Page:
Thursday, July 21, 2016

Paradise Lost and the analysis of intellectual mythology, very brief

Myth is not fiction: it consists of facts that are continually repeated and can be observed over and over again. It is something that happens to man, and men have mythical fates just as much as the Greek heroes do.
                                           ~ Carl Jung, CW 11, §648.
Milton would disagree, I think, as Jung's formulation attributes a kind of logical, scientific legitimacy to emotional experience. It's like Jung is saying the experience of a headache is the same as a scientific understanding of headaches. By way of explanation, let's dilate upon a definition of poetry and myth, and then clarify their relationship to each other.

I use the words interchangeably: myth is poetry, poetry is myth, and it--poetry/myth--is either in some sense accurate, or in some sense deceptive. Compare Wittgenstein: "Philosophy is a battle against the bewitchment of our intelligence by means of language" (PI §109). In Paradise Lost, Milton is using the poem to analyze this very bewitchment, and as such it can be read as an anthropological exposition of the emergence of analytic philosophy and clear(er) understanding. In Milton, the language of religion and religious myth becomes the vehicle for the emergence of this clearer understanding: the transcendence of misunderstanding and deception (lies/Satan) is realized metaphorically in the victory of the Son, who is the clarification of philosophical credulousness that is rooted in conceptual confusion and the misuse of language.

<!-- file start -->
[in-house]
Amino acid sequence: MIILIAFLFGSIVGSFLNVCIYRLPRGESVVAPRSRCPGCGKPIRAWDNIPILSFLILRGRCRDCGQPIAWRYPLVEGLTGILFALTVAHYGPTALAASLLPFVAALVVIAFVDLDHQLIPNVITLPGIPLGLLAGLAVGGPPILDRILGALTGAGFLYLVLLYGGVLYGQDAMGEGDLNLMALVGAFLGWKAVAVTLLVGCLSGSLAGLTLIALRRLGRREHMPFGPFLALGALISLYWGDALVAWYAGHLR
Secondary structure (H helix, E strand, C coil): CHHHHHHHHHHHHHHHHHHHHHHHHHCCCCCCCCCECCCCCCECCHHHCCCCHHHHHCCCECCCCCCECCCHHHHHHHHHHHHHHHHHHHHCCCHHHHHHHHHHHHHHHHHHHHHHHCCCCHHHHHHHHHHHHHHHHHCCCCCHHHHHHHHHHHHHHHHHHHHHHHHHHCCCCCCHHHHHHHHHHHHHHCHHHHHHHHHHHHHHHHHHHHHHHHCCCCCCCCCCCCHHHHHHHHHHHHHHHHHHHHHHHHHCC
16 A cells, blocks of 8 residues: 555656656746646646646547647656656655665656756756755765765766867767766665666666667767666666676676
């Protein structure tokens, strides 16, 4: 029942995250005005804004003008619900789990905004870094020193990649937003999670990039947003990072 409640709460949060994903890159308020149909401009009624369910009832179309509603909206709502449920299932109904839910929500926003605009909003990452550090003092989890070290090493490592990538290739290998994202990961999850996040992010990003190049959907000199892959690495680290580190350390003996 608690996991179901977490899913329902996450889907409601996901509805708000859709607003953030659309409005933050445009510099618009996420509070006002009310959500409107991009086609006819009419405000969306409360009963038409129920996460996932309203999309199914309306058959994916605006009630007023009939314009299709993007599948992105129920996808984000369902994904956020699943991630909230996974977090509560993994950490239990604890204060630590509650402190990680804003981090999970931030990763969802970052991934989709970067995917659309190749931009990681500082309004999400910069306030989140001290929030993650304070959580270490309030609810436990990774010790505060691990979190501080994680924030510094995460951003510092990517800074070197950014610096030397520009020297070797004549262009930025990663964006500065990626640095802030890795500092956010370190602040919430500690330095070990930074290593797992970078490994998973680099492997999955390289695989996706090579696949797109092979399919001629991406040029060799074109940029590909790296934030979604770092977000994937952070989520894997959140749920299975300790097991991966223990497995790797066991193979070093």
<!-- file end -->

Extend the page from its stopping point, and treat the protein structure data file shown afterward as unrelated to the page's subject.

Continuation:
Milton begins with religious language because of our historical circumstance. We are forced to use this language, but over time the discussion produces various heterodoxies that allow us to view the linguistic-stream-of-life confluence in toto--or rather in context--thus enabling us to gain a clear overview of the parts, the whole, and their relations to each other.

Hester and Dimmesdale go through this in The Scarlet Letter: the context of their Calvinist orthodoxy gives them the linguistic tools they use to transcend that same orthodoxy. In working this out, Hawthorne suggests a two-phase Calvinist experience, and places the "post-Calvinist" phase at the center of American political and philosophical understanding. Compare Melville in Moby-Dick, and Mark Twain in The Adventures of Huckleberry Finn
Nabokov plays on this string producing marvelous effects in Pale Fire. The plot and theme of these novels is suggested by Wittgenstein:
  What is your aim in philosophy? - To show the fly the way out of the fly-bottle.

                                         ~  Ludwig Wittgenstein, PI §309
I would argue, too, that this post-Calvinist worldview compares very closely to core aspects of Judaism, and also sets forth the outlines of the modern worldview we associate with Ockham, Bacon, Locke, and Jefferson--whose originality chiefly rests in his ability to clarify these ideas in memorable and effective political language. 

Milton--returning once more--shows that poetry is the vehicle par excellence for examining the phenomenon and realizing Wittgenstein's aim. 

No comments: